Appeal from the Order of the Department of Education in case of Appeal of James T. Black, a Professional Employe, from a Decision of the Board of School Directors of the Wyalusing Area School District, Bradford County, Pennsylvania, No. 269.
A. B. Duvall, for appellant.
Edward A. Miller, Assistant Attorney General, for appellee.
Judges Crumlish, Jr., Wilkinson, Jr. and Rogers, sitting as a panel of three. Opinion by Judge Wilkinson.
[ 27 Pa. Commw. Page 176]
Appellant appeals an order of the Secretary of Education (Secretary) reinstating appellee as an elementary principal. We affirm.
[ 27 Pa. Commw. Page 177]
Appellee was hired as an elementary principal by appellant in 1968. In July 1975, after appellee had acquired tenure, appellant notified him that his position was being abolished. Appellee alleged that this action constituted a nonconsensual demotion and requested a hearing before appellant's board of school directors in accordance with Section 1151 of The Public School Code of 1949.*fn1 A hearing was begun on August 6, 1975, but was adjourned without presentation of evidence when appellee refused to stipulate that the Local Agency Law*fn2 would control the proceedings. Appellee then accepted without prejudice to his rights to appeal a teaching position within appellant's system at an annual salary approximately $2,765.00 less than his last pay as a principal. On appeal the Secretary conducted a hearing and ruled that a nonconsensual demotion had occurred, no hearing before the board had been held, and, therefore, the appellee was entitled to reinstatement as a principal. This appeal followed.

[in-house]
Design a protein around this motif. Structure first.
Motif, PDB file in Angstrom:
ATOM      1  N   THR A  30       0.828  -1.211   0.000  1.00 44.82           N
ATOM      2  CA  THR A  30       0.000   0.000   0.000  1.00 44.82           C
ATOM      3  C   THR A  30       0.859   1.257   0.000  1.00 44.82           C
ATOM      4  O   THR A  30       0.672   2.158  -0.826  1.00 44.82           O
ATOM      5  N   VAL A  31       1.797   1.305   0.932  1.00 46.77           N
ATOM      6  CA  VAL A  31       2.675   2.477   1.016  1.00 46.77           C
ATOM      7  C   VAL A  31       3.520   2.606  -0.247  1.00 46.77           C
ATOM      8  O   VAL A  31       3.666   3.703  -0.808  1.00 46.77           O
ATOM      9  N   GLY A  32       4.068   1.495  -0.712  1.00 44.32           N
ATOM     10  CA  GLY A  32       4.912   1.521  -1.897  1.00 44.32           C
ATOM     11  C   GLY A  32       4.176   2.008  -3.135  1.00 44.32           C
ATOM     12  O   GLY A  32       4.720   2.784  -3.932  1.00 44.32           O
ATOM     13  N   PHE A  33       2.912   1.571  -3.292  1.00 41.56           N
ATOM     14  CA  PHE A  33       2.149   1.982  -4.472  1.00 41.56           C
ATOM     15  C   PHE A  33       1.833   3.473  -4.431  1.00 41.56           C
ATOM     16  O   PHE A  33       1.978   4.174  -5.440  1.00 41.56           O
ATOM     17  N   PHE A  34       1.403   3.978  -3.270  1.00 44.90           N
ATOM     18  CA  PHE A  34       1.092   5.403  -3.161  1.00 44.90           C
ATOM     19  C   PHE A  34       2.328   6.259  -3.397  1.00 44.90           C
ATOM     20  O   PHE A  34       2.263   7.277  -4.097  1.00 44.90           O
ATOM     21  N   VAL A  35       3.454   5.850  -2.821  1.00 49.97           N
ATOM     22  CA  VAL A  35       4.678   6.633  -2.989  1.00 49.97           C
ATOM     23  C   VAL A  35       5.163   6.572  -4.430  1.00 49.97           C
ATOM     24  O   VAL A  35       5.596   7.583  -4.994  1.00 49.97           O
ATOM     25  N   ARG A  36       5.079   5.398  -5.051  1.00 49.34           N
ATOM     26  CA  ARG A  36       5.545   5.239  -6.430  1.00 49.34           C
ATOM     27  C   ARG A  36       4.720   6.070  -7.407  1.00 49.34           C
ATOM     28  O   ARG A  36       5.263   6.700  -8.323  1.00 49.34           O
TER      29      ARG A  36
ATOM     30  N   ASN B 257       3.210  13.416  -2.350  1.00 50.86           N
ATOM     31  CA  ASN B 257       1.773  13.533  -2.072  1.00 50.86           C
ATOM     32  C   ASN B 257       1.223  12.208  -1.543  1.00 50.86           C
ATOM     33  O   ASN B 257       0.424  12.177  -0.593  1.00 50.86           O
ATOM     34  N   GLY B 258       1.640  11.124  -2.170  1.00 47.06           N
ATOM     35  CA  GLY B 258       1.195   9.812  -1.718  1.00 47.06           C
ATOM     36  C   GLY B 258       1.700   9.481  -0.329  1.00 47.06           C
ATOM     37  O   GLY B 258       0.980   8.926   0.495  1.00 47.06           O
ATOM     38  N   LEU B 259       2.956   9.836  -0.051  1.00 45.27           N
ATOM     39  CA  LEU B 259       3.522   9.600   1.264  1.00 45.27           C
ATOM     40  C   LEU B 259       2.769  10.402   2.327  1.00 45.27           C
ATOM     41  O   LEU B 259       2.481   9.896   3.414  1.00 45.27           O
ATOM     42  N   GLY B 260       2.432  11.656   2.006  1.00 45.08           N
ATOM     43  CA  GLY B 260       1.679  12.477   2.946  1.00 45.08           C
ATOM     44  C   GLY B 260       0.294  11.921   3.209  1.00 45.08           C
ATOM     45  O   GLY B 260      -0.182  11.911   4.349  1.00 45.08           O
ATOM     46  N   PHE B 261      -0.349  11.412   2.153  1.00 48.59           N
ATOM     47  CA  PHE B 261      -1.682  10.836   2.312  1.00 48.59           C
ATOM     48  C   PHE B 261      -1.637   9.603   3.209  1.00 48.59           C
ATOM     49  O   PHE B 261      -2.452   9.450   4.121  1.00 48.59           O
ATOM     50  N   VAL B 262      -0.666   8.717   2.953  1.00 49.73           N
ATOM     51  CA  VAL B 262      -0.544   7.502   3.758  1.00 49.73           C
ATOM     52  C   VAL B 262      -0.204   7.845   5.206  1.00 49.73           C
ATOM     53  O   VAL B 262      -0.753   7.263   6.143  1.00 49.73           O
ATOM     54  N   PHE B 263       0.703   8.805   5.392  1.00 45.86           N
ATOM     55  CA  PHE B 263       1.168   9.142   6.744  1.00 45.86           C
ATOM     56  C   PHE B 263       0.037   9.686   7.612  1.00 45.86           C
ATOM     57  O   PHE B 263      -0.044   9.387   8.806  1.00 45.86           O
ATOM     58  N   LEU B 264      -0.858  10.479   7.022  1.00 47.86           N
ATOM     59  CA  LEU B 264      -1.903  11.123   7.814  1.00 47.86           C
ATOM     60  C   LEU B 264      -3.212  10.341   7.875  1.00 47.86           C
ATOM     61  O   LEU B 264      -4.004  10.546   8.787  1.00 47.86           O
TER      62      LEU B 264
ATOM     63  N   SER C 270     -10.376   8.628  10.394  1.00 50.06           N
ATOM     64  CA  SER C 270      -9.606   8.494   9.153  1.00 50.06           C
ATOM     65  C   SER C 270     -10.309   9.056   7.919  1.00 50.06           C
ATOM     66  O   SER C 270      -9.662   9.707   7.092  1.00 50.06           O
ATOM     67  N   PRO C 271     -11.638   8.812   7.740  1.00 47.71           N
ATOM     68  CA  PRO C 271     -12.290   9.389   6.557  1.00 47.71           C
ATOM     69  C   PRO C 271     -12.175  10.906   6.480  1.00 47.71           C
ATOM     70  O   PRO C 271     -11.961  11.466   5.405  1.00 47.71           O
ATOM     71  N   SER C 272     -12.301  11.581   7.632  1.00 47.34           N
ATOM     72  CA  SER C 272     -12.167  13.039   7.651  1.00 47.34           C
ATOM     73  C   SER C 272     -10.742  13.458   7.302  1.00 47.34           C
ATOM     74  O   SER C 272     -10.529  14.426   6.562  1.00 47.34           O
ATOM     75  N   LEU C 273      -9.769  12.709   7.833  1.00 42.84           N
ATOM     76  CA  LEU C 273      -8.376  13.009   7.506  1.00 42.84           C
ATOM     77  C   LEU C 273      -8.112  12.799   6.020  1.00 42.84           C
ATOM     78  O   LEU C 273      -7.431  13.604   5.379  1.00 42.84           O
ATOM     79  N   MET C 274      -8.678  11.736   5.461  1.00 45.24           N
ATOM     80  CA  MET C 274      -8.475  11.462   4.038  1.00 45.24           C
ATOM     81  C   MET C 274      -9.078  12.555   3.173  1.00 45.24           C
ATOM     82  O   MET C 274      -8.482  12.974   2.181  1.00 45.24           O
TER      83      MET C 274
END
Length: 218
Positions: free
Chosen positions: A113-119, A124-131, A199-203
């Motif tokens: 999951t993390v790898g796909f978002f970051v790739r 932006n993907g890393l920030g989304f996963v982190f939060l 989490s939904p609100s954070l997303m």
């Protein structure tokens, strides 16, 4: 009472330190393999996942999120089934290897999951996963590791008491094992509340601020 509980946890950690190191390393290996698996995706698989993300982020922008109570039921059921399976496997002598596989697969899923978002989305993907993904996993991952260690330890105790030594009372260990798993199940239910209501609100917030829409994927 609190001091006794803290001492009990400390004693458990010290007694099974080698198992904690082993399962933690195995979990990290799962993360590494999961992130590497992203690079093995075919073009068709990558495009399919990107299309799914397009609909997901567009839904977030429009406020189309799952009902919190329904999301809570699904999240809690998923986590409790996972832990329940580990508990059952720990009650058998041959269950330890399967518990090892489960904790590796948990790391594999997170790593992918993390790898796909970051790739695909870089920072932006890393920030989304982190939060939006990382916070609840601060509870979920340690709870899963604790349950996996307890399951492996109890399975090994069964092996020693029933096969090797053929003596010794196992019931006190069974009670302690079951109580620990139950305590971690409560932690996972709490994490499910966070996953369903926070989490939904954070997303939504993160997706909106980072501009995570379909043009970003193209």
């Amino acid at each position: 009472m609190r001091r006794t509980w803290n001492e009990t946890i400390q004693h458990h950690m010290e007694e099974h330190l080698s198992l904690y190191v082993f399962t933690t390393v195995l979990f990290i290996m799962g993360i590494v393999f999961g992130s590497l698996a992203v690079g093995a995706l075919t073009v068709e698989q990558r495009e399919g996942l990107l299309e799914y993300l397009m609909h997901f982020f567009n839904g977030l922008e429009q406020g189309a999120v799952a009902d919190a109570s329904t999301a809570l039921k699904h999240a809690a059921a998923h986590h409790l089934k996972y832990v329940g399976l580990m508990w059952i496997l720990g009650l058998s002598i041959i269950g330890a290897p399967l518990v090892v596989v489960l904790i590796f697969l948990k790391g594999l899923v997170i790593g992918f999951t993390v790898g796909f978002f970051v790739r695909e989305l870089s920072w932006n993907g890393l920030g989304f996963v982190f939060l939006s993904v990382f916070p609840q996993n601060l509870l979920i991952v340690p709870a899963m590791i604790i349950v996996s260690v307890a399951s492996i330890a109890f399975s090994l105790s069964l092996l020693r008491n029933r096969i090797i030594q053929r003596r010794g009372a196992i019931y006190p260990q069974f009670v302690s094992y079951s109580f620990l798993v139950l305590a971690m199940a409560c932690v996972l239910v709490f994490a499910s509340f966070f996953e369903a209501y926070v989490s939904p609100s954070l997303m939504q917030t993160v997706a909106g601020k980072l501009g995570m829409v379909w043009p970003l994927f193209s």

Appellant clearly had the right to abolish appellee's position. Abington School Board v. Pittenger, 9 Pa. Commonwealth Ct. 62, 68, 305 A.2d 382, 385 (1973). However, if appellee was demoted thereby, Section 1151 voids such demotion until a hearing is conducted before the board. No hearing has been held.
[ 27 Pa. Commw. Page 178]
The first issue, therefore, is whether the appellee was demoted. Unquestionably he was. Section 1151 provides that demotion of a professional employee can occur either in salary or in type of position. Appellee suffered not only a decrease in pay, but also a reduction in duties and responsibilities. See Lakeland Page 178} Joint School District v. Gilvary, 3 Pa. Commonwealth Ct. 415, 420, 283 A.2d 500, 502 (1971). Appellant contends, however, that appellee's position was "nonmandated" and, therefore, his reassignment was not a demotion. We refuted this exact contention in Commonwealth Department of Education v. Charleroi Area School District, 22 Pa. Commonwealth Ct. 56, 61, 347 A.2d 736, 738 (1975).
The distinction between 'mandated' and 'nonmandated' positions is not relevant to the necessity for a hearing on the threshold issue of whether or not a demotion has taken place. (Emphasis in original.)*fn3
The second and more difficult issue is whether, given the fact that the appellee was demoted, the Secretary was correct in ordering reinstatement. Appellant does not dispute appellee's right to a hearing on remand, but does dispute the Secretary's authority to order reinstatement without such a hearing. Appellant cites Charleroi, supra. There the Secretary had also ordered reinstatement after deciding that a professional employee had been demoted without a hearing. We held that remand rather than reinstatement was proper. In that case, however, we felt a full hearing was required for the Secretary to determine whether the reassignment was actually a demotion.*fn4 Here there can be no doubt that a demotion occurred. Nor is our recent decision in ...